Words spoken or written to us under the metaphor of eating, words to be freely taken in, tasted, chewed, savored, swallowed, and digested, have a very different effect on us.”
Eugene Peterson, Eat This Book
My last night in Guam, I didn’t sleep. I curled up on a sofa, ate ice cream out of a carton, and dove into a Christian sci-fi novel (they do exist!). Then I took a 30-minute nap and headed to the airport. It was a lovely way to spend a night.
There are moments when life’s greatest pleasures are in between the lines of a book. In those moments, you wouldn’t want to be anywhere else in the world, except maybe on the next page.
Words have power. There’s theology and linguistics behind that assertion, but I don’t think I have to defend it. It just is. It’s why we still hear or see on the screen of our mind the words of those who have hurt us the most.
It’s why we’re willing to stay up until 4 a.m. to devour a novel.
When was the last time I stayed up until 4 a.m. to devour the Bible?
If I’m staking my life, death, and eternity on the one book that I’ll defend to the death as the inspired Word of God, why am I not reading it like it’s something I love? Like it’s something I love.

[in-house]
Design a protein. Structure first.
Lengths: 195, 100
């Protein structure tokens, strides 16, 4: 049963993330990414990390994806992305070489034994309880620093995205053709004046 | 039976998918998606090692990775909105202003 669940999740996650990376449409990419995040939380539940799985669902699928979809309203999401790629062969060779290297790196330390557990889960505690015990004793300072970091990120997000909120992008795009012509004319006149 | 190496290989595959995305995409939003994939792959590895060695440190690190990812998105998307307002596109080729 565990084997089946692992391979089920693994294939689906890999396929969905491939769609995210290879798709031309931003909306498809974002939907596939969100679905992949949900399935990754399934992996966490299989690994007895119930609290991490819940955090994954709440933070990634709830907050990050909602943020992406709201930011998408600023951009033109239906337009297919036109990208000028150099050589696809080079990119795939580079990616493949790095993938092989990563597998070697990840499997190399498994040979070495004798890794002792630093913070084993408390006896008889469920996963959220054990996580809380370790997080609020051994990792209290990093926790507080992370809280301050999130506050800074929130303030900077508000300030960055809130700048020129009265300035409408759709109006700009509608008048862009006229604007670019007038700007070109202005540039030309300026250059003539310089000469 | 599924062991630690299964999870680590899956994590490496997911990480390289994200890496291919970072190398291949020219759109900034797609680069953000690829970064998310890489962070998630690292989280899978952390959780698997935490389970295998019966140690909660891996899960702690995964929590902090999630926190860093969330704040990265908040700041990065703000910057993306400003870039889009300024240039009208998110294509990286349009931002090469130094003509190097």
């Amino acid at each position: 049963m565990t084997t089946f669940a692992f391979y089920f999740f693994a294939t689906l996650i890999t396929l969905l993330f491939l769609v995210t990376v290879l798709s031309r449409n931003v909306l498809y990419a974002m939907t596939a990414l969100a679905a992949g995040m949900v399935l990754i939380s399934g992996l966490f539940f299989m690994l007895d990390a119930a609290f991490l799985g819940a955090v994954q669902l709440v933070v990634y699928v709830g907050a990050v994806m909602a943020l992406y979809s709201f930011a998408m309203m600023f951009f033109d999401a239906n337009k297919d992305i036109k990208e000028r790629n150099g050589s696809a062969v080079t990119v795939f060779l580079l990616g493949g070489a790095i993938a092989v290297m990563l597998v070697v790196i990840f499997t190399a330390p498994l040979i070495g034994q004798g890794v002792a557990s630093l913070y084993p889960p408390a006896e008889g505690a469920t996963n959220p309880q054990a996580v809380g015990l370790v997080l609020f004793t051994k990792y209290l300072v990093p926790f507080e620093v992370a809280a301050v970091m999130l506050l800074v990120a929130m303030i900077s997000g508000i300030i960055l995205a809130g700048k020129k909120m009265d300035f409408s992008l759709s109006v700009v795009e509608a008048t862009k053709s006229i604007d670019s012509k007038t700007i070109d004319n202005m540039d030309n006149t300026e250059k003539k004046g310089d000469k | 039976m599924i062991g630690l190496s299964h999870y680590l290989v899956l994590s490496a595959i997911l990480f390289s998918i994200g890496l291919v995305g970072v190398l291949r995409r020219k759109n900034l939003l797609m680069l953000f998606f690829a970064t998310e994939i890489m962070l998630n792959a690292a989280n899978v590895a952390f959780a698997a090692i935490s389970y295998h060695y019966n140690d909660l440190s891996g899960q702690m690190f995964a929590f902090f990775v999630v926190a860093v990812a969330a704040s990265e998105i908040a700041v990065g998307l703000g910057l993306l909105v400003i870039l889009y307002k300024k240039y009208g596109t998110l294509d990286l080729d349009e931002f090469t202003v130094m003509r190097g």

Ah, so now, along with valuing the Word of God, honoring it, basing my life on it, memorizing it, and picking pieces of it to post around me for fixes of instant comfort, I also have to delight in the Bible?
Yet another item to add to the list of things I must be doing. Or is it?
This isn’t the kind of thing that fits on an itemized list. This is more like a slo-mo epiphany. When did believers forget that the Bible is a story? Doesn’t it make sense that, if God presented His plan of redemption for mankind as a story, we should all read it that way?
Why, instead, do we drag ourselves through three chapters a day and then cherry-pick the psalms we want to anesthetize ourselves against our own discomfort?